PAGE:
Maintainers of the Ethereum network have issued an update for the network's underlying codebase that fixes flaws described in a research paper released this week.
The researcher paper —authored by researchers from Boston University and University of Pittsburgh— describes a vulnerability named an "eclipse attack."
Eclipse attacks are network-level attacks carried out by other nodes by hoarding and monopolizing the victim's peer-to-peer connection slots, keeping the node in an isolated network.
These type of attacks are meant to isolate nodes by keeping up-to-date blockchain information from reaching the eclipsed node. The Bitcoin network was, too, vulnerable to eclipse attacks.
Now, academics have discovered that Ethereum, the network of nodes that's the backbone of the Ether cryptocurrency and the myriad of smart contracts that support many other digital currencies and ICOs, is also vulnerable to eclipse attacks.
But while carrying an eclipse attack against nodes of the Bitcoin network requires thousands of malicious nodes just to take out one victim's node, an attacker only needs two malicious Ethereum nodes to isolate and affect another.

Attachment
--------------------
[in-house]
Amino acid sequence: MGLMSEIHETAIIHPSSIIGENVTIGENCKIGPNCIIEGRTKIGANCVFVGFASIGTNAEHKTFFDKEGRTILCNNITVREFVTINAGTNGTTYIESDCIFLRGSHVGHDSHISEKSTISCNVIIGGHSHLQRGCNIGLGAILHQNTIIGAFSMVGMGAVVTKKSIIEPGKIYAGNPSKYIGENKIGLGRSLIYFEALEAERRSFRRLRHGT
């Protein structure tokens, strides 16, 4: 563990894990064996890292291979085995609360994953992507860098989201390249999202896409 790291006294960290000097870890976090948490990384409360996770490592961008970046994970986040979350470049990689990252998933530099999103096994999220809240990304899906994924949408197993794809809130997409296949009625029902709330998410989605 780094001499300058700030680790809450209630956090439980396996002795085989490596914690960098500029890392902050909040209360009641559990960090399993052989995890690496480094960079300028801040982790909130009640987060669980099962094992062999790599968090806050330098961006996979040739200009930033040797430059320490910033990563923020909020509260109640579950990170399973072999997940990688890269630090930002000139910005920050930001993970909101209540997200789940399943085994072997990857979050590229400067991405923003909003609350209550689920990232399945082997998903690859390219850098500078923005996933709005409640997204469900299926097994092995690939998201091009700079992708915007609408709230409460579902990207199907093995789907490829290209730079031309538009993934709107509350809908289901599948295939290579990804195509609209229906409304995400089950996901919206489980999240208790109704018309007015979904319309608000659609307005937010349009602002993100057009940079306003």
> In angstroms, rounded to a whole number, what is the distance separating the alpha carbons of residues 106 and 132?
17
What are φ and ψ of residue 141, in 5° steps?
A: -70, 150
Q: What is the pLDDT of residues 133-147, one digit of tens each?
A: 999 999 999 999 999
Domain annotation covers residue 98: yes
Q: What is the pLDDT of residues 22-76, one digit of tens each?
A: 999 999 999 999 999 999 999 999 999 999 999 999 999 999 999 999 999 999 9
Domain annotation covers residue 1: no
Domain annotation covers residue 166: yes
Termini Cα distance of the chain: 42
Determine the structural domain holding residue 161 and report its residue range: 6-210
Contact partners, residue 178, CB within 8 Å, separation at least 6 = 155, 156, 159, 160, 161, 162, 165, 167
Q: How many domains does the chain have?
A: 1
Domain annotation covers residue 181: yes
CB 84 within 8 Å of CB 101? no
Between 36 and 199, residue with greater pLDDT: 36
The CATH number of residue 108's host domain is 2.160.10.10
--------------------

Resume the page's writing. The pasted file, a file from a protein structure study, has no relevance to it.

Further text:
A successful eclipse attack allows a malevolent party to "co-opt a victim’s mining power and use it to attack the blockchain’s consensus algorithm" or for "double spending and selfish mining."
Furthermore, researchers explain that an eclipse attack can fool victims into viewing incorrect Ether transaction details and fool a seller into releasing products to an attacker for a transaction that has not yet completed.
Last but not least, an eclipse attack can also be aimed at Ethereum contracts by obscuring the eclipsed node's view of the blockchain, hence delaying the node's view of various parameters that may be used by the smart contract's internal computations, resulting in an incorrect smart contract output that the attacker could take advantage of.
The research team behind this paper didn't just publish their findings out of the blue. They say they worked with the Ethereum Foundation to silently patch these issues.
Researchers say they recommended various countermeasures, and developers applied them in geth 1.8.0, the software that runs on Ethereum nodes, released two weeks ago.
The countermeasures don't fully prevent eclipse attacks, but merely raise the number of malicious nodes needed to carry out such an attack from two to thousands.
More fine-grained details are available in "Low-Resource Eclipse Attacks on Ethereum's Peer-to-Peer Network" by Marcus et al.